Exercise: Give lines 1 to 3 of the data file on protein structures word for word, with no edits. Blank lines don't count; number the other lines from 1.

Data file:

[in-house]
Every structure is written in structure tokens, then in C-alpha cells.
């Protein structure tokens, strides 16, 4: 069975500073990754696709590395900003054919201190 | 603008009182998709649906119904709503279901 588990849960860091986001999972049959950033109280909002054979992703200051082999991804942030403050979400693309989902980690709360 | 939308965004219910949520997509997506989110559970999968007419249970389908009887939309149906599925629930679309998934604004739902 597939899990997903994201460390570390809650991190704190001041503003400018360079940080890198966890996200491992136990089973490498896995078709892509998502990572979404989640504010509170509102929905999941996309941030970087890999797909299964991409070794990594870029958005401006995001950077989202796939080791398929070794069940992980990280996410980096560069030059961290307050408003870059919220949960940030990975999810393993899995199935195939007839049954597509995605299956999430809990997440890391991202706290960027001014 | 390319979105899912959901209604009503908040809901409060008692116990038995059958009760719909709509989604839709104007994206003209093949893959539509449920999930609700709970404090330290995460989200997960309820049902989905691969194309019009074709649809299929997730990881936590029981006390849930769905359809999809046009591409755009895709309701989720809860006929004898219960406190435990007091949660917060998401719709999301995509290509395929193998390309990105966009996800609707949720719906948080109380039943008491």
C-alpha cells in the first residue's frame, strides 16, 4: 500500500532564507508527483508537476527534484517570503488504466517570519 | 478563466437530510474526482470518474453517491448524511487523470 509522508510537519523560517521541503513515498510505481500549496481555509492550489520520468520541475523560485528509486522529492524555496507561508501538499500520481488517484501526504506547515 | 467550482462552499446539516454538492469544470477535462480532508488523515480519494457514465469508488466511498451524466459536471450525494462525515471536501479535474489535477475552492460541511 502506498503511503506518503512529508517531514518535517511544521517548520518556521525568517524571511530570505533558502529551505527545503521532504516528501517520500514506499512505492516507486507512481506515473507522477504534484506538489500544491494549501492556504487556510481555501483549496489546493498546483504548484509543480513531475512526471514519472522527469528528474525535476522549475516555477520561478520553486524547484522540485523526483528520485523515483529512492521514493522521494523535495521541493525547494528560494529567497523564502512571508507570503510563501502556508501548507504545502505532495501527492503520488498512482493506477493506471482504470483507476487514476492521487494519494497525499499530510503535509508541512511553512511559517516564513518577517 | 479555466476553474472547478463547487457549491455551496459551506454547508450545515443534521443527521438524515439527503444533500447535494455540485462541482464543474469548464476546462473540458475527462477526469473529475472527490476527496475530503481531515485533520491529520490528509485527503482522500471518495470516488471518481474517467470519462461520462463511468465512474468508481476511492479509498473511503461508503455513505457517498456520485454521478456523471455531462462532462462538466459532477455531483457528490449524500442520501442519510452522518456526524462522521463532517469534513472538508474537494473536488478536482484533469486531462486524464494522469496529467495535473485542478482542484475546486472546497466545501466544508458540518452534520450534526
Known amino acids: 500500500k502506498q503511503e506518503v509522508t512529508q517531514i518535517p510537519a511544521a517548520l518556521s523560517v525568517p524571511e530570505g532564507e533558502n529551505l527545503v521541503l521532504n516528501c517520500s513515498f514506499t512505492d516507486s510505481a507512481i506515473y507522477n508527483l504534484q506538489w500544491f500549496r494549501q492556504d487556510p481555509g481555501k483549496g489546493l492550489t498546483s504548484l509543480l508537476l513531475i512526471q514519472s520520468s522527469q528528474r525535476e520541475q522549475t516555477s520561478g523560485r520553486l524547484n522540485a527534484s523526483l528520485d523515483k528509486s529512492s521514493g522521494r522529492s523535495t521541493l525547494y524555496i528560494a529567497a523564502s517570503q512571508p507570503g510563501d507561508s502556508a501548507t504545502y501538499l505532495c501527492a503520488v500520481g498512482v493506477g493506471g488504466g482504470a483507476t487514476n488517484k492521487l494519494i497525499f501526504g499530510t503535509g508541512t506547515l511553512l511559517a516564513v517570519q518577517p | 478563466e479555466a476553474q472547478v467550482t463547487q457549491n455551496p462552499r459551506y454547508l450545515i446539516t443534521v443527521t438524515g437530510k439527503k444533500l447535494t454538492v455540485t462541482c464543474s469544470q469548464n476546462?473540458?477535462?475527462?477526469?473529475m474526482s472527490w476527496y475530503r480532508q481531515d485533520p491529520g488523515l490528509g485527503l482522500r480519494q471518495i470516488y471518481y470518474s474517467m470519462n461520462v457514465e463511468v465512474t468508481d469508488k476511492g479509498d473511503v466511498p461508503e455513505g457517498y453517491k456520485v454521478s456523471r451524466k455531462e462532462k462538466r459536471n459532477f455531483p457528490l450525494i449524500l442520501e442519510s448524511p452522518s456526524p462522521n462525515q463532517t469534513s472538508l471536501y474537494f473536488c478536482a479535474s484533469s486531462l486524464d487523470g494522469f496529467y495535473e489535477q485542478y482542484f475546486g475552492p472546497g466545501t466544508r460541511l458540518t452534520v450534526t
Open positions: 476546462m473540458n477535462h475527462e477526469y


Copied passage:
[in-house]
Every structure is written in structure tokens, then in C-alpha cells.
């Protein structure tokens, strides 16, 4: 069975500073990754696709590395900003054919201190 | 603008009182998709649906119904709503279901 588990849960860091986001999972049959950033109280909002054979992703200051082999991804942030403050979400693309989902980690709360 | 939308965004219910949520997509997506989110559970999968007419249970389908009887939309149906599925629930679309998934604004739902 597939899990997903994201460390570390809650991190704190001041503003400018360079940080890198966890996200491992136990089973490498896995078709892509998502990572979404989640504010509170509102929905999941996309941030970087890999797909299964991409070794990594870029958005401006995001950077989202796939080791398929070794069940992980990280996410980096560069030059961290307050408003870059919220949960940030990975999810393993899995199935195939007839049954597509995605299956999430809990997440890391991202706290960027001014 | 390319979105899912959901209604009503908040809901409060008692116990038995059958009760719909709509989604839709104007994206003209093949893959539509449920999930609700709970404090330290995460989200997960309820049902989905691969194309019009074709649809299929997730990881936590029981006390849930769905359809999809046009591409755009895709309701989720809860006929004898219960406190435990007091949660917060998401719709999301995509290509395929193998390309990105966009996800609707949720719906948080109380039943008491």